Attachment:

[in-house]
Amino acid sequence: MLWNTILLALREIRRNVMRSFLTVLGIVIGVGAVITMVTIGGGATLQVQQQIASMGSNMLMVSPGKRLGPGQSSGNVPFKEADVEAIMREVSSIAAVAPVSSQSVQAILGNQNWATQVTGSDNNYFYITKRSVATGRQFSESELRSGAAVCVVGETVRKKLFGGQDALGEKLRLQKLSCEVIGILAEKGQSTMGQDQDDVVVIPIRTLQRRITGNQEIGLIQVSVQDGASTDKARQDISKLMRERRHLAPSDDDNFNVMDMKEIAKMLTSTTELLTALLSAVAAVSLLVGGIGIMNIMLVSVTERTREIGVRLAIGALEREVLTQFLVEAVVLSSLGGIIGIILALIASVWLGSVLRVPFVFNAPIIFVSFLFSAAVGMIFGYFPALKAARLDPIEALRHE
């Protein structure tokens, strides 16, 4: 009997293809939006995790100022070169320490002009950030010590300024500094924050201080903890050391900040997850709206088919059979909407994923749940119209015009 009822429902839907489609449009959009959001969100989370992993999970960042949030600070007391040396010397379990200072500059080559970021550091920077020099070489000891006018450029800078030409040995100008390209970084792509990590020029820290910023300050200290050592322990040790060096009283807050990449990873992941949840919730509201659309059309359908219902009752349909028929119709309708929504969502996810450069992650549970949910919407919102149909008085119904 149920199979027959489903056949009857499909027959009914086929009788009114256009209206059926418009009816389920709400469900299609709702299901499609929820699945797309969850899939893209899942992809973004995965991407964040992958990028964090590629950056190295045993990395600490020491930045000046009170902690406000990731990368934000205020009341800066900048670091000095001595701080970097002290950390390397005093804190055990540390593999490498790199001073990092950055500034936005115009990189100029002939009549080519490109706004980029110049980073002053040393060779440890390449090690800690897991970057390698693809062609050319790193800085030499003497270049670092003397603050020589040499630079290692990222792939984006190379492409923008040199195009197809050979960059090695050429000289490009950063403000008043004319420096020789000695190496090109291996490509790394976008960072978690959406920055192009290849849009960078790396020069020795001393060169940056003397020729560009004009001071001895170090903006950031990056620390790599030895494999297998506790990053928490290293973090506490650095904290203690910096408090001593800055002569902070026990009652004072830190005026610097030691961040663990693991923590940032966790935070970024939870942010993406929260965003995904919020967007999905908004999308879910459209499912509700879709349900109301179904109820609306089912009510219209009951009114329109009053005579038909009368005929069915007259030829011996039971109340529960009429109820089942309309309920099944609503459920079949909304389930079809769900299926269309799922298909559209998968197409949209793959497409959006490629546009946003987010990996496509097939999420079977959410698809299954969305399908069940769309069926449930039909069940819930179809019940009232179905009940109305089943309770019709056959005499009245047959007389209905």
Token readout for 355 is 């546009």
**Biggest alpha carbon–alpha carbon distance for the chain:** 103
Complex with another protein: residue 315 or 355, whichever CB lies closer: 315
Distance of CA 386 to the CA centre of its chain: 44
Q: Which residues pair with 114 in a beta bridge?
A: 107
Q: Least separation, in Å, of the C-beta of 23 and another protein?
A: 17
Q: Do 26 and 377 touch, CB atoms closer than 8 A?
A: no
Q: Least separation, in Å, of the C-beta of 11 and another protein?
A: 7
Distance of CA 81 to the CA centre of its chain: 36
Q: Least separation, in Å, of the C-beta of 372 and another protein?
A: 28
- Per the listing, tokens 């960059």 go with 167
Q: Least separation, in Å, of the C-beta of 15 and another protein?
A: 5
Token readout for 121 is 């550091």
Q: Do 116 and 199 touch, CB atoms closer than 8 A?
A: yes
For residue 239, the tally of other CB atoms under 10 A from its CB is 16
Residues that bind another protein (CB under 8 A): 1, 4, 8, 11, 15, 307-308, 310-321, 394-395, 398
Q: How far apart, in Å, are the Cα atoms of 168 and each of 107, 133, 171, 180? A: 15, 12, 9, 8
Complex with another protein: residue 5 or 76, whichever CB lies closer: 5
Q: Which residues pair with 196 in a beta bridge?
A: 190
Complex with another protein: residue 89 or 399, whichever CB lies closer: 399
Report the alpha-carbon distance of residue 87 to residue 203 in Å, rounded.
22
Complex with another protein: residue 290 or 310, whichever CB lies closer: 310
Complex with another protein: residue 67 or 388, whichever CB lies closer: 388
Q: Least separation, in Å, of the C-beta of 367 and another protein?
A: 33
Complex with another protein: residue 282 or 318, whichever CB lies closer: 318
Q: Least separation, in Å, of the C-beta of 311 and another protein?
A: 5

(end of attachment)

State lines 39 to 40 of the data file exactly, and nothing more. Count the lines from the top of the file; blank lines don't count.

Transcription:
Q: Least separation, in Å, of the C-beta of 311 and another protein?
A: 5